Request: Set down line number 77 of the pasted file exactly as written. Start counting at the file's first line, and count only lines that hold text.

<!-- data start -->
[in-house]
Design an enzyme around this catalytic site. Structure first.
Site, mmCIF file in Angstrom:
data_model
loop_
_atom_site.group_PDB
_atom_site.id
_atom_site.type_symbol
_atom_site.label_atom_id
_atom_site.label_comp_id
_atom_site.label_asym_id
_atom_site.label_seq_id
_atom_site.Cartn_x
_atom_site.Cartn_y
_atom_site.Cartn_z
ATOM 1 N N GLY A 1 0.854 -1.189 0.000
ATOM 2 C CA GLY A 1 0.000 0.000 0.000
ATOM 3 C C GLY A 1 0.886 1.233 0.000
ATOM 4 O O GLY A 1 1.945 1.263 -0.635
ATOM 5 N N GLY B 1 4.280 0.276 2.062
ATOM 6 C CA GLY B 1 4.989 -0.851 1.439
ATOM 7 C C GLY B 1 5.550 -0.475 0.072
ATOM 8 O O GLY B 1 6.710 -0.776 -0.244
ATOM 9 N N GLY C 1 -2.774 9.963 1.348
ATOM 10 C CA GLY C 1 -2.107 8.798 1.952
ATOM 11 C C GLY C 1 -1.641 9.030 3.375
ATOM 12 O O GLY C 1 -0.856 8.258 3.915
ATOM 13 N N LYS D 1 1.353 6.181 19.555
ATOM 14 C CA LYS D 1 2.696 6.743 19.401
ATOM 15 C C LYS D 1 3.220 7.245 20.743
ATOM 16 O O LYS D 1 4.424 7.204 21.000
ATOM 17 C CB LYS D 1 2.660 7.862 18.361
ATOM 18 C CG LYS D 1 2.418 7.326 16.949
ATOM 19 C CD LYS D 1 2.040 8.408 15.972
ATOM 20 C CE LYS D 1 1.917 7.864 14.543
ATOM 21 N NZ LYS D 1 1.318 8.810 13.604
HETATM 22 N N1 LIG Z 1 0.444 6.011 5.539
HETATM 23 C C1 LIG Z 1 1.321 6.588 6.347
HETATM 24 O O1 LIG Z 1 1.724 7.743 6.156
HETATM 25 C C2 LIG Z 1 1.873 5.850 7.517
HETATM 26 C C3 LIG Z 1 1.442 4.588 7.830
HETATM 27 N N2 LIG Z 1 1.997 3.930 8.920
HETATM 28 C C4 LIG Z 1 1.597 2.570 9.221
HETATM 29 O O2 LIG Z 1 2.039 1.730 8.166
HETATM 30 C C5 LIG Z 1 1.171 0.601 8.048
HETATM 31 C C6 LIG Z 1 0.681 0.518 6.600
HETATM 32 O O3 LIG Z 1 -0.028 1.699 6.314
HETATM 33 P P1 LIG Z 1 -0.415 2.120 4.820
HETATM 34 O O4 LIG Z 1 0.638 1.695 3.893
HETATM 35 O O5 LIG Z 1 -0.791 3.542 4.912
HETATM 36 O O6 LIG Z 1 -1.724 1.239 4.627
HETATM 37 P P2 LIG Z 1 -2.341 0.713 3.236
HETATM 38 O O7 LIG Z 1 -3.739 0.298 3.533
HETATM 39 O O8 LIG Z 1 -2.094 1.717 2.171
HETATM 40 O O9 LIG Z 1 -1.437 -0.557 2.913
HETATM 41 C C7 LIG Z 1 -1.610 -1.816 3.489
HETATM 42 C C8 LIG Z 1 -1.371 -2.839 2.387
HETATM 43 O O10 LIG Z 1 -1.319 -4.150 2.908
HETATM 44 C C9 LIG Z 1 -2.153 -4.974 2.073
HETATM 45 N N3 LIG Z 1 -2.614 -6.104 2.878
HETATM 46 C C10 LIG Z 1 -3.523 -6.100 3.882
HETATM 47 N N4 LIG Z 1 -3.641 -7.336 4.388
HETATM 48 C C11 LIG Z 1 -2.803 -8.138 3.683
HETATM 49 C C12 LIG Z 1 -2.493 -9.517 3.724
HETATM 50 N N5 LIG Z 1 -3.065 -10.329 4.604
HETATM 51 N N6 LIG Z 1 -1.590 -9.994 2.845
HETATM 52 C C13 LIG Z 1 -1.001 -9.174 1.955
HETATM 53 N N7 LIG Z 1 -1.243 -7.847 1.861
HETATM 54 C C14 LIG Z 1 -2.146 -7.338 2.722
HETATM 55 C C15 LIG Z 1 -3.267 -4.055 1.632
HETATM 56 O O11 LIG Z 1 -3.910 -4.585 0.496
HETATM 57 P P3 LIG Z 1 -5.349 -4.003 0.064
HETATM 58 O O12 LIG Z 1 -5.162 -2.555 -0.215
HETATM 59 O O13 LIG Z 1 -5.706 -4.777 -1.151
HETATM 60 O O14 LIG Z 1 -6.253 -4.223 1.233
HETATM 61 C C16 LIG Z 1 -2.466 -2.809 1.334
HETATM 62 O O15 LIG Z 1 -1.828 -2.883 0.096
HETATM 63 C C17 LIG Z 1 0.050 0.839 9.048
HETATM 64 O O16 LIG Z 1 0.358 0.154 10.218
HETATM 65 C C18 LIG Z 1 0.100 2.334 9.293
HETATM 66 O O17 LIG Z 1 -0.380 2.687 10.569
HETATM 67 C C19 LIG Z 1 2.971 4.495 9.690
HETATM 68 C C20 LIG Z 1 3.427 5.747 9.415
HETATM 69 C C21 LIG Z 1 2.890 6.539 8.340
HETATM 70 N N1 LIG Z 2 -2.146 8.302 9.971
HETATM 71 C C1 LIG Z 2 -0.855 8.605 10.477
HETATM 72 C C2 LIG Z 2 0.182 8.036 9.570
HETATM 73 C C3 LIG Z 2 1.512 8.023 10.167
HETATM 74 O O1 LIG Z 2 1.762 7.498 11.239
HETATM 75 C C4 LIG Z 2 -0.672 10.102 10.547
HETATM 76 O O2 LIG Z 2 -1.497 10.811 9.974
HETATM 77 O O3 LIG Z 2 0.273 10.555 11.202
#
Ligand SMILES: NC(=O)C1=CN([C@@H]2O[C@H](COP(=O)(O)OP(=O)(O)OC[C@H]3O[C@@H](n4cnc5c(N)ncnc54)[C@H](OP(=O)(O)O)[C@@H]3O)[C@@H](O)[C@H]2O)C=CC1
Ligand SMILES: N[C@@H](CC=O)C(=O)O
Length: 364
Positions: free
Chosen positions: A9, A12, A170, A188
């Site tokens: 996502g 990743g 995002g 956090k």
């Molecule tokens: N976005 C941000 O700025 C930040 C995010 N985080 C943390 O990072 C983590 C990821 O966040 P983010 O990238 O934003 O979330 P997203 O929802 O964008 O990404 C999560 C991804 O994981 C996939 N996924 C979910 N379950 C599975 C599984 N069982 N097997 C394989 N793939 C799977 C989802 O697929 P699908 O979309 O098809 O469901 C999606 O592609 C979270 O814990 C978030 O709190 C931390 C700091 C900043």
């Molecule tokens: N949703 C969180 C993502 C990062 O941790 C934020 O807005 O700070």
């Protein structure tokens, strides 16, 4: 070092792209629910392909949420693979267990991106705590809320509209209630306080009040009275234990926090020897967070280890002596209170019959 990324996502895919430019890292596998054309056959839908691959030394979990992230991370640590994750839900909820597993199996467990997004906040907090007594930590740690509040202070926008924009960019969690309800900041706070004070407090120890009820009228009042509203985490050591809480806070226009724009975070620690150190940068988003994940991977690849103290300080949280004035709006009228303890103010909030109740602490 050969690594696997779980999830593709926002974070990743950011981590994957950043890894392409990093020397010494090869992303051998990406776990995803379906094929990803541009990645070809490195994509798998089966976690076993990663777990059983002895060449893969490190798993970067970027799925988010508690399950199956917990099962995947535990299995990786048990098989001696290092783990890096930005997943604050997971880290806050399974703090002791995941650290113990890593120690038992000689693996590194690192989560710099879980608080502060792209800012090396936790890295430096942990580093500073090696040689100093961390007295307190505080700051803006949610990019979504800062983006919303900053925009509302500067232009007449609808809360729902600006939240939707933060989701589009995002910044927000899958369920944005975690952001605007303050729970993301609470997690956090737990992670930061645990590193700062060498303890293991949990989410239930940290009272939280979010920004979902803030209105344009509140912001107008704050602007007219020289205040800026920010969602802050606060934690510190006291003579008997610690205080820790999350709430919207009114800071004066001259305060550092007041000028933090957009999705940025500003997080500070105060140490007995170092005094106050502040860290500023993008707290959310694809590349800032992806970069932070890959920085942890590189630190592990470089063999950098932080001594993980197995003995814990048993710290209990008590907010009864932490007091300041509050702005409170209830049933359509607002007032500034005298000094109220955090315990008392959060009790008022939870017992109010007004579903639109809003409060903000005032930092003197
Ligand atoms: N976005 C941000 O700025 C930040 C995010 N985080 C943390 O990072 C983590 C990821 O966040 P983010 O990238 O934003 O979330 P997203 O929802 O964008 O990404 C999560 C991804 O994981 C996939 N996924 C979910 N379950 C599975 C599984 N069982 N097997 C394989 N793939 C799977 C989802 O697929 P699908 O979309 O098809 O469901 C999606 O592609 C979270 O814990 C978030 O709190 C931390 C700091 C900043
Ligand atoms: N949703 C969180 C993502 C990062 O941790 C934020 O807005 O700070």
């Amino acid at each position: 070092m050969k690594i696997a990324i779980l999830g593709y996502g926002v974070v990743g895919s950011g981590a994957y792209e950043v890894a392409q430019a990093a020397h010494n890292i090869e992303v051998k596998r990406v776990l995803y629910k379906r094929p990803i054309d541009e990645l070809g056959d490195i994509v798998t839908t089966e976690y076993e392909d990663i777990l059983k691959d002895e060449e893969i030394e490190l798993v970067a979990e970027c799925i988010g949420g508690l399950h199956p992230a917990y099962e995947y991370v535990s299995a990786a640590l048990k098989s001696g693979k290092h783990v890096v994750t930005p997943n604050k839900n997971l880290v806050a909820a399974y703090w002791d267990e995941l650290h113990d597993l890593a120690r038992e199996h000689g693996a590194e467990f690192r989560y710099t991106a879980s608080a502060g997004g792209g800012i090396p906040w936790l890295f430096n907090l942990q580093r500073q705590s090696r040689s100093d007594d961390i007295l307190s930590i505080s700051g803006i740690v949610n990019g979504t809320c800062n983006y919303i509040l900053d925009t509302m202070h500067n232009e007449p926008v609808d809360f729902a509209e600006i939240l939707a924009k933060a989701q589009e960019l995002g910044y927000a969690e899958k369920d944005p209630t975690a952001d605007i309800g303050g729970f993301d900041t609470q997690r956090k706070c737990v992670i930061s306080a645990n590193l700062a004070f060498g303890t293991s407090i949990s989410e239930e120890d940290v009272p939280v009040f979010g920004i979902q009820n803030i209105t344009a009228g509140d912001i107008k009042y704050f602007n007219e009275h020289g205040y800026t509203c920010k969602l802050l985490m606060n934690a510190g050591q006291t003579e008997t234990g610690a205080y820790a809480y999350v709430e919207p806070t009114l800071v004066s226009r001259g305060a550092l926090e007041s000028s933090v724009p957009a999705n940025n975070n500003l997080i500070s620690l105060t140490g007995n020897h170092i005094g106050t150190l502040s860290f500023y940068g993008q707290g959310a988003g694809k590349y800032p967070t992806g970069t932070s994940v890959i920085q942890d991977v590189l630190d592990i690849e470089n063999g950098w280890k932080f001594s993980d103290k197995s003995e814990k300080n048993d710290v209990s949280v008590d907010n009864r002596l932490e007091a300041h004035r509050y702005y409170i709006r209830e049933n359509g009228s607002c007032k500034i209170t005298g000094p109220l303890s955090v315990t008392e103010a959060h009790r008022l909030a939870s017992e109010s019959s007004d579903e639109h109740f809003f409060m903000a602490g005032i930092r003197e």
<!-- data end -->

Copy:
HETATM 62 O O15 LIG Z 1 -1.828 -2.883 0.096